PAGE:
The battle over the commons in port cities

Research output: Contribution to journalArticlepeer-review

15 Scopus citations


The zone of intersection between land and sea within an urban context has long been viewed as a special type of urban commons. The well-researched port-city interface, however, tells a rather tragic story about the use and management of this valuable resource. This study asks how four major regulatory-institutional issues in the interface–land ownership, activities allowed in port area, planning autonomy, and public access–affect the ability of ports and cities to preserve elements of “commons” in urban coasts? Furthermore, it assesses if and how Elinor Ostrom’s principles for overcoming commons-related tensions, could contribute to the management of port-city conflicts over land-uses in the Mediterranean urban coastline and the various questions that may derive from such an application. For these purposes the study combines a comprehensive literature review with the analysis of planning regulation and in-depth, semi-structured interviews of key-stakeholders in seven port cities across three Mediterranean countries. The common experience in these different cases suggests that through a strategy involving scaling-down spatial decisions or governance, and built-in mechanisms for spatial cooperation, ports and the cities that host them can find a new joint path, which will strengthen local synergies and the quality of urban, public space.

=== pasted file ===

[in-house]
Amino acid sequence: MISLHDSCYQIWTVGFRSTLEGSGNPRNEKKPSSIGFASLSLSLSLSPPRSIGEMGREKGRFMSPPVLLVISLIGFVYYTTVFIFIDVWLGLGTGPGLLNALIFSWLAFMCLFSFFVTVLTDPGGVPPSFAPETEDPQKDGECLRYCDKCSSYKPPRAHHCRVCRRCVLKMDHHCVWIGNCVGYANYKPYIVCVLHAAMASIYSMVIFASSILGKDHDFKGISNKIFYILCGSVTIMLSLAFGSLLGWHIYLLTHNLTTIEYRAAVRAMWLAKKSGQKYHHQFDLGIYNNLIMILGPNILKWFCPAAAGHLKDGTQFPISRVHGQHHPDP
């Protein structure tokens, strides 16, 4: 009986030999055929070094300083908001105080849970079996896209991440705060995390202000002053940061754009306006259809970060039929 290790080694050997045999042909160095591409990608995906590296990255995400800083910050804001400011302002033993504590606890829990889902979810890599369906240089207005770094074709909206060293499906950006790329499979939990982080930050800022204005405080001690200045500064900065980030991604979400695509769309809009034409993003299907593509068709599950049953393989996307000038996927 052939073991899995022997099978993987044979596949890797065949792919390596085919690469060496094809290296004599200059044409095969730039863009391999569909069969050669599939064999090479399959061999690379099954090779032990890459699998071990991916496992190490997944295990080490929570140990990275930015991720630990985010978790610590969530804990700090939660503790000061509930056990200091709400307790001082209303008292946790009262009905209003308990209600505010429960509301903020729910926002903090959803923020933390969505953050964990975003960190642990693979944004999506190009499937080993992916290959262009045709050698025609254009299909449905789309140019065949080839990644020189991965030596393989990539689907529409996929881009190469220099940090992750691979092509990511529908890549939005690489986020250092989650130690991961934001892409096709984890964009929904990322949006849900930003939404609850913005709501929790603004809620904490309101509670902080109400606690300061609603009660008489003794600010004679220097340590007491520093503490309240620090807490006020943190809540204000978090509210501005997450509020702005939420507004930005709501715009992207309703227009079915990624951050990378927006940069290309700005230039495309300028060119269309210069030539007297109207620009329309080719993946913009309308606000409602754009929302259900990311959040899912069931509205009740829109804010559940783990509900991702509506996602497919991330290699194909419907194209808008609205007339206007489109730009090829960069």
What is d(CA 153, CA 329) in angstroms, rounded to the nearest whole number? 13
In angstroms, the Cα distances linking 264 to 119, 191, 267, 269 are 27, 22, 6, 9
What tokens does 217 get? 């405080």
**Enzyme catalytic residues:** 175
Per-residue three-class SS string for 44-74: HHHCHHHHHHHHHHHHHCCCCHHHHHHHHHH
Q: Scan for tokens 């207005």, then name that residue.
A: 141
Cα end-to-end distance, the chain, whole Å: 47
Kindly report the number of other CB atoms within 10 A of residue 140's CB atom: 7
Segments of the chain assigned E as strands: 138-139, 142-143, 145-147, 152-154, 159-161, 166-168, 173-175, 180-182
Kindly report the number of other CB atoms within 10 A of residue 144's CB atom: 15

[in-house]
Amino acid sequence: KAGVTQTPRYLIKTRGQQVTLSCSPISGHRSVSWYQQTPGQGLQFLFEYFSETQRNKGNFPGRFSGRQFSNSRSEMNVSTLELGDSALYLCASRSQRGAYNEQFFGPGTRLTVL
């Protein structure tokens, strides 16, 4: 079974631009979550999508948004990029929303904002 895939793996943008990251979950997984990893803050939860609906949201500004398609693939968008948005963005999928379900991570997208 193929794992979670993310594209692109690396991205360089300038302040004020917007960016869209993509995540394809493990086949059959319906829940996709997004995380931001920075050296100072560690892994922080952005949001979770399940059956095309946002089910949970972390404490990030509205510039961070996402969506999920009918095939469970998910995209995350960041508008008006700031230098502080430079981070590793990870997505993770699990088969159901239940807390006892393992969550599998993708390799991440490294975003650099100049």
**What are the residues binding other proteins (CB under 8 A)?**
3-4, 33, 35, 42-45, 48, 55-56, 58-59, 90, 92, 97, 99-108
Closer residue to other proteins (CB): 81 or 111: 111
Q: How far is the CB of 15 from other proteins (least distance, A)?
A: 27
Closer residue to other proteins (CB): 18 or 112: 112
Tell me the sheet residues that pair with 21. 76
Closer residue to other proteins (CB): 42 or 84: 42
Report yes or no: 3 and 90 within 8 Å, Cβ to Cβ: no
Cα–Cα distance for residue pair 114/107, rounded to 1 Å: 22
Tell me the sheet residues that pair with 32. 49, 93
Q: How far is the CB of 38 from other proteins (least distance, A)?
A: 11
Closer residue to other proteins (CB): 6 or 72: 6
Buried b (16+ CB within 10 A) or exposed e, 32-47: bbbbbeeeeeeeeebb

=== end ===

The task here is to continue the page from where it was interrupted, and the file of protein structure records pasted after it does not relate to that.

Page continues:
Original languageEnglish
Pages (from-to)918-937
Number of pages20
JournalUrban Geography
Issue number7
StatePublished - 1 Jan 2019
Externally publishedYes


  • Urban coast
  • cross-national analysis
  • planning regulation
  • port-city interface
  • the commons

ASJC Scopus subject areas

  • Geography, Planning and Development
  • Urban Studies


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